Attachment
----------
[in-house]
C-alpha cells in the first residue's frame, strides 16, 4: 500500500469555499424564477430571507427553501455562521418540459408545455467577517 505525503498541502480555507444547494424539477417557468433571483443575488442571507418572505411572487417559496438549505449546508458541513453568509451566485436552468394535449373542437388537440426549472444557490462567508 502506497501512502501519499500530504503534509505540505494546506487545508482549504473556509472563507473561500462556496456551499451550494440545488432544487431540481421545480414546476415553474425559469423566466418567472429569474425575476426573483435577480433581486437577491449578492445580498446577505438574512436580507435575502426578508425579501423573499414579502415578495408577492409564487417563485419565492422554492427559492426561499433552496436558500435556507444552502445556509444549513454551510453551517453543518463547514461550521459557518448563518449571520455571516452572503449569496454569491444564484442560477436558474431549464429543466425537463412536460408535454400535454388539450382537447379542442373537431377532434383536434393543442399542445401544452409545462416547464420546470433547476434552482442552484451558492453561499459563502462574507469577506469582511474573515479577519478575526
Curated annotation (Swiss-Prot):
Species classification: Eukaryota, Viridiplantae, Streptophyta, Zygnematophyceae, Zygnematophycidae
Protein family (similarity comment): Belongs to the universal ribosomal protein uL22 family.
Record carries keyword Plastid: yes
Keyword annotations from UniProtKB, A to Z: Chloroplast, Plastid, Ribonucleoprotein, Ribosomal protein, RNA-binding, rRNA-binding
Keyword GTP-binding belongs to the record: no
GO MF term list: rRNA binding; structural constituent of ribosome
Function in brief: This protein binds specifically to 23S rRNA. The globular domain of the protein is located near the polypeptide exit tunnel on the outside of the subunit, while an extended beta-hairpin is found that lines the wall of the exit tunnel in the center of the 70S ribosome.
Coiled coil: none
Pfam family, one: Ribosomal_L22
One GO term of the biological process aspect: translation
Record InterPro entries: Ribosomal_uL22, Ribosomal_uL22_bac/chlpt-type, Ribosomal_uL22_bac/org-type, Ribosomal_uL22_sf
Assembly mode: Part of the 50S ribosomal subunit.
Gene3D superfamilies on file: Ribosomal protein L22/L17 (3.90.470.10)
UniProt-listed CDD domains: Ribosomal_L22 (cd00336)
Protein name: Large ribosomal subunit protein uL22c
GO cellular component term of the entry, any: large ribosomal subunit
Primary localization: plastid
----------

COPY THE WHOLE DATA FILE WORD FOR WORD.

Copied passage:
[in-house]
C-alpha cells in the first residue's frame, strides 16, 4: 500500500469555499424564477430571507427553501455562521418540459408545455467577517 505525503498541502480555507444547494424539477417557468433571483443575488442571507418572505411572487417559496438549505449546508458541513453568509451566485436552468394535449373542437388537440426549472444557490462567508 502506497501512502501519499500530504503534509505540505494546506487545508482549504473556509472563507473561500462556496456551499451550494440545488432544487431540481421545480414546476415553474425559469423566466418567472429569474425575476426573483435577480433581486437577491449578492445580498446577505438574512436580507435575502426578508425579501423573499414579502415578495408577492409564487417563485419565492422554492427559492426561499433552496436558500435556507444552502445556509444549513454551510453551517453543518463547514461550521459557518448563518449571520455571516452572503449569496454569491444564484442560477436558474431549464429543466425537463412536460408535454400535454388539450382537447379542442373537431377532434383536434393543442399542445401544452409545462416547464420546470433547476434552482442552484451558492453561499459563502462574507469577506469582511474573515479577519478575526
Curated annotation (Swiss-Prot):
Species classification: Eukaryota, Viridiplantae, Streptophyta, Zygnematophyceae, Zygnematophycidae
Protein family (similarity comment): Belongs to the universal ribosomal protein uL22 family.
Record carries keyword Plastid: yes
Keyword annotations from UniProtKB, A to Z: Chloroplast, Plastid, Ribonucleoprotein, Ribosomal protein, RNA-binding, rRNA-binding
Keyword GTP-binding belongs to the record: no
GO MF term list: rRNA binding; structural constituent of ribosome
Function in brief: This protein binds specifically to 23S rRNA. The globular domain of the protein is located near the polypeptide exit tunnel on the outside of the subunit, while an extended beta-hairpin is found that lines the wall of the exit tunnel in the center of the 70S ribosome.
Coiled coil: none
Pfam family, one: Ribosomal_L22
One GO term of the biological process aspect: translation
Record InterPro entries: Ribosomal_uL22, Ribosomal_uL22_bac/chlpt-type, Ribosomal_uL22_bac/org-type, Ribosomal_uL22_sf
Assembly mode: Part of the 50S ribosomal subunit.
Gene3D superfamilies on file: Ribosomal protein L22/L17 (3.90.470.10)
UniProt-listed CDD domains: Ribosomal_L22 (cd00336)
Protein name: Large ribosomal subunit protein uL22c
GO cellular component term of the entry, any: large ribosomal subunit
Primary localization: plastid